Proposed job cuts in Otsego County are a sobering reminder of the fact that we are a long way from working our way out of the recession.

County board members were at work recently to trim the budget, with the goal of avoiding a double-digit property tax hike. While we are not happy that eight people could be losing their jobs under this budget, we appreciate what the county board is trying to do.

Many commenters on The Daily Star's website don't seem to be feeling so charitable. Several people have suggested that the board members should look inward to determine possible efficiencies.

In fact, Rep. Stephen Fournier of Milford recently proposed just that. At a Nov. 3 meeting, Fournier suggested a 10 percent cut in board members' salaries. However, the proposal didn't get off the drawing board, because such a change would require a referendum _ a lengthy process that might not be possible to complete by the time the budget comes due.

We understand the frustration that the board is asking others to make sacrifices that its members will not face. In a way, it doesn't seem fair. But realistically, a 10 percent salary cut to board members would not make much of a dent in the budget gap the county is facing.

For better or for worse, it's among the county staff that the most substantial savings can be reaped.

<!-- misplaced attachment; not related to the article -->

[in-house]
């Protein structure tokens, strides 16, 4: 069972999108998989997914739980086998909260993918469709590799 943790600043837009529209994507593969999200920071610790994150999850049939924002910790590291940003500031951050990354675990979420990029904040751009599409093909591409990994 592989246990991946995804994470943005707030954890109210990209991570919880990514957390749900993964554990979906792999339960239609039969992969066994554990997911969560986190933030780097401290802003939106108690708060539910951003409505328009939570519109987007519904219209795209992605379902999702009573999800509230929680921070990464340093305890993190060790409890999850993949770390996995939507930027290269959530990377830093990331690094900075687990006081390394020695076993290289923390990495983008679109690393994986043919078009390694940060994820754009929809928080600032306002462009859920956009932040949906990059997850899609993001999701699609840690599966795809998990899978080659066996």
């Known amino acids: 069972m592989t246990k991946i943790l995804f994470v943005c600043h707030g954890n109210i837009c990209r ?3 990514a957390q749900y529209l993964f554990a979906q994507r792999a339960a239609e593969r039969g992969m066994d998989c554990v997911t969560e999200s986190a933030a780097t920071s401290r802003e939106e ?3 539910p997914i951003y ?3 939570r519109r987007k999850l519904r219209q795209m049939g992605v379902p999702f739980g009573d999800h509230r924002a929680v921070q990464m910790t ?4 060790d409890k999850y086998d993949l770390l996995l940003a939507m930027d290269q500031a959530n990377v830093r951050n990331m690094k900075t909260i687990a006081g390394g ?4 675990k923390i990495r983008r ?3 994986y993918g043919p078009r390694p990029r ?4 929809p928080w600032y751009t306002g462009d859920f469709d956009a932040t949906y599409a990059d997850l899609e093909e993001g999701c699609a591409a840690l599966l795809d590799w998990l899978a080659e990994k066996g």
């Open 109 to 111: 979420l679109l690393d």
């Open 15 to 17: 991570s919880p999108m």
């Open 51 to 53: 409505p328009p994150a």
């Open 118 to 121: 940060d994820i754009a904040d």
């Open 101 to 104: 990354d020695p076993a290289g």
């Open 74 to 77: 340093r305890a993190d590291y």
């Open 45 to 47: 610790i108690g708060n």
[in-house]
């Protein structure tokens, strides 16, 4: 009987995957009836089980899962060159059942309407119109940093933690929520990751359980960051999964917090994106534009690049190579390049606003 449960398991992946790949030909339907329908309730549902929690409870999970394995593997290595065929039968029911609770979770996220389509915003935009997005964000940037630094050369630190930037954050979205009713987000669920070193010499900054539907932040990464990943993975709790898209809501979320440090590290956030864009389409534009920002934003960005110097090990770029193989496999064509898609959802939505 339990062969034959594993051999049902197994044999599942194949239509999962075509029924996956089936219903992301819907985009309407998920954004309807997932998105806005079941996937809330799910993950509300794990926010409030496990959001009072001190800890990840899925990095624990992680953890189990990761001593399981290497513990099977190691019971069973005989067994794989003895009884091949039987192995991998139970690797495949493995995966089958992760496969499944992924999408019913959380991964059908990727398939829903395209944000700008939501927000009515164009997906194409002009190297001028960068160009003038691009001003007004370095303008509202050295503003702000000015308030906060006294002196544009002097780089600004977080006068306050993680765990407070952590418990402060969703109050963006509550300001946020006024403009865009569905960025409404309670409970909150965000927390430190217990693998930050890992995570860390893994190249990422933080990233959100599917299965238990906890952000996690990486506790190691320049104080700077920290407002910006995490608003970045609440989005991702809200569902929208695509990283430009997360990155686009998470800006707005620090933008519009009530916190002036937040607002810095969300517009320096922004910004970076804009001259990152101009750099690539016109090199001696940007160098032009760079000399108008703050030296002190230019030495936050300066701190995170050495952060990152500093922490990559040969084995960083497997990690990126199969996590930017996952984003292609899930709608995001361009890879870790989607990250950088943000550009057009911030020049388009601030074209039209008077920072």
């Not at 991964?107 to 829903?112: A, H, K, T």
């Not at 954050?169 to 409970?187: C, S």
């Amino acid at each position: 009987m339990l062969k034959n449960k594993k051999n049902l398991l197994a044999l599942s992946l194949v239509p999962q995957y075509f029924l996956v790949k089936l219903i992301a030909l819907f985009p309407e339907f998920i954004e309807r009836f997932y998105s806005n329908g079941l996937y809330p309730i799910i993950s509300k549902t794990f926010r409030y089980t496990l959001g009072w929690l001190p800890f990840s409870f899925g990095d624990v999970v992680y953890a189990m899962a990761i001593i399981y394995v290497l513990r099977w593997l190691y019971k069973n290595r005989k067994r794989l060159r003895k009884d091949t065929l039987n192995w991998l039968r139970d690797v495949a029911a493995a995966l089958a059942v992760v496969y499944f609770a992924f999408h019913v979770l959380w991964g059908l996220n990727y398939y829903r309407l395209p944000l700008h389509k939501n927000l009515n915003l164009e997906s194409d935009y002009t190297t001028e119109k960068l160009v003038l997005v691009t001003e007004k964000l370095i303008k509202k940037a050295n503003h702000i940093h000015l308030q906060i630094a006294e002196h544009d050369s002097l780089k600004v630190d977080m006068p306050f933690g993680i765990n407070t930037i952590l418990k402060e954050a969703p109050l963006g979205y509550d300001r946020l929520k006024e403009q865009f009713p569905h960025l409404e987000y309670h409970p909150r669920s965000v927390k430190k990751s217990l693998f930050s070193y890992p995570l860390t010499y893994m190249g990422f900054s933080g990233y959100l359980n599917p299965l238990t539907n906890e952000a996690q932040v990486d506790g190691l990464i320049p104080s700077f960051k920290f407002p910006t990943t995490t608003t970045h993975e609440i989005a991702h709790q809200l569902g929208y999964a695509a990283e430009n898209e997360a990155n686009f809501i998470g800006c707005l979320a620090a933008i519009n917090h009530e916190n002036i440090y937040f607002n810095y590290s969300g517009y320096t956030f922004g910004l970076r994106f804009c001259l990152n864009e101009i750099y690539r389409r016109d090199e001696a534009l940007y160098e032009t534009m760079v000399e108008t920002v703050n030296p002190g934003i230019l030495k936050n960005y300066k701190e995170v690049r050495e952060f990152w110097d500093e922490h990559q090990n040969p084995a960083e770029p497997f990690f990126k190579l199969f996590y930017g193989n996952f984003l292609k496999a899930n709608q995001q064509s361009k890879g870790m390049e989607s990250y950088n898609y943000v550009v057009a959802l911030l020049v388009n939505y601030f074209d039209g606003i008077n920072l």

"Personnel costs are long-term, and we have to look out for the long-term," Rep. Donald Lindberg explained. "Say someone works for the county for 30 years, then retires and lives another 30 years. We'll be paying that person's health insurance for 30 years after retirement, 30 times maybe $10,000 a year. That's $300,000, and that's just one employee."

Again, we don't relish the thought of people losing their jobs _ nor the thought of nine vacant positions being eliminated. Jobs are scarce enough around here _ particularly those that carry health benefits.

But the county is faced with the same dilemma seen by employers across the country: How do we remain financially solvent? During a recession, businesses know that higher prices are the opposite of what customers want. Similarly, the county board doesn't want to raise taxes. It's hard to argue with this logic.

Fortunately, we don't have to sit by and idly speculate about what the county could or should do. We can voice our opinions to the board directly. A public hearing on the budget will be held at 7 p.m. Tuesday, Nov. 30, in the county courthouse in Cooperstown. We hope people will take advantage of this opportunity to provide their input.

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